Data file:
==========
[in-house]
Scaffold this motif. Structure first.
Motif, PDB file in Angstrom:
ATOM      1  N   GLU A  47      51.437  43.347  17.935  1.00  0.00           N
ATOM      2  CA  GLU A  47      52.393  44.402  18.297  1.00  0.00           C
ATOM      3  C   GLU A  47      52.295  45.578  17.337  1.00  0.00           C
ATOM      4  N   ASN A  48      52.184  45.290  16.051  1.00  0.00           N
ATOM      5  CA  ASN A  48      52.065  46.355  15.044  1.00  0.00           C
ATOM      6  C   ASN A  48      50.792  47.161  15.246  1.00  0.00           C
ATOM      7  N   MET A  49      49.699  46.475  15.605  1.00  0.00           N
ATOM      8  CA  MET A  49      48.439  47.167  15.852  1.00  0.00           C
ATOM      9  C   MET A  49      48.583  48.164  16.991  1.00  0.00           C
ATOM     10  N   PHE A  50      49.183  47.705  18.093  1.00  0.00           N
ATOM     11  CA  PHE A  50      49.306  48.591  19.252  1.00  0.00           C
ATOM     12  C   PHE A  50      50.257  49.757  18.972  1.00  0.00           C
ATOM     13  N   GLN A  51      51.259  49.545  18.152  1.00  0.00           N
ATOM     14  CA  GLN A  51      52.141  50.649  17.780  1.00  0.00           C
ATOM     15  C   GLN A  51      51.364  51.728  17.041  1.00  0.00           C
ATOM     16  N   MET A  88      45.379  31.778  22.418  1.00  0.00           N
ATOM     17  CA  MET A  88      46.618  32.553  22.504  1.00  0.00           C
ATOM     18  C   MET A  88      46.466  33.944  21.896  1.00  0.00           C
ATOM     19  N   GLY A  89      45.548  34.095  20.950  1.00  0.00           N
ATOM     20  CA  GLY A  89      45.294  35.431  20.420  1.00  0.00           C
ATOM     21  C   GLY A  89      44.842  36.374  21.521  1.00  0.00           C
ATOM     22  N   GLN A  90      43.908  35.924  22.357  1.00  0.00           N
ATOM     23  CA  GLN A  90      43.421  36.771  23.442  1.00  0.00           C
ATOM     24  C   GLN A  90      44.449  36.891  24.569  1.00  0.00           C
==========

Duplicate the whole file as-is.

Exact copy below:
[in-house]
Scaffold this motif. Structure first.
Motif, PDB file in Angstrom:
ATOM      1  N   GLU A  47      51.437  43.347  17.935  1.00  0.00           N
ATOM      2  CA  GLU A  47      52.393  44.402  18.297  1.00  0.00           C
ATOM      3  C   GLU A  47      52.295  45.578  17.337  1.00  0.00           C
ATOM      4  N   ASN A  48      52.184  45.290  16.051  1.00  0.00           N
ATOM      5  CA  ASN A  48      52.065  46.355  15.044  1.00  0.00           C
ATOM      6  C   ASN A  48      50.792  47.161  15.246  1.00  0.00           C
ATOM      7  N   MET A  49      49.699  46.475  15.605  1.00  0.00           N
ATOM      8  CA  MET A  49      48.439  47.167  15.852  1.00  0.00           C
ATOM      9  C   MET A  49      48.583  48.164  16.991  1.00  0.00           C
ATOM     10  N   PHE A  50      49.183  47.705  18.093  1.00  0.00           N
ATOM     11  CA  PHE A  50      49.306  48.591  19.252  1.00  0.00           C
ATOM     12  C   PHE A  50      50.257  49.757  18.972  1.00  0.00           C
ATOM     13  N   GLN A  51      51.259  49.545  18.152  1.00  0.00           N
ATOM     14  CA  GLN A  51      52.141  50.649  17.780  1.00  0.00           C
ATOM     15  C   GLN A  51      51.364  51.728  17.041  1.00  0.00           C
ATOM     16  N   MET A  88      45.379  31.778  22.418  1.00  0.00           N
ATOM     17  CA  MET A  88      46.618  32.553  22.504  1.00  0.00           C
ATOM     18  C   MET A  88      46.466  33.944  21.896  1.00  0.00           C
ATOM     19  N   GLY A  89      45.548  34.095  20.950  1.00  0.00           N
ATOM     20  CA  GLY A  89      45.294  35.431  20.420  1.00  0.00           C
ATOM     21  C   GLY A  89      44.842  36.374  21.521  1.00  0.00           C
ATOM     22  N   GLN A  90      43.908  35.924  22.357  1.00  0.00           N
ATOM     23  CA  GLN A  90      43.421  36.771  23.442  1.00  0.00           C
ATOM     24  C   GLN A  90      44.449  36.891  24.569  1.00  0.00           C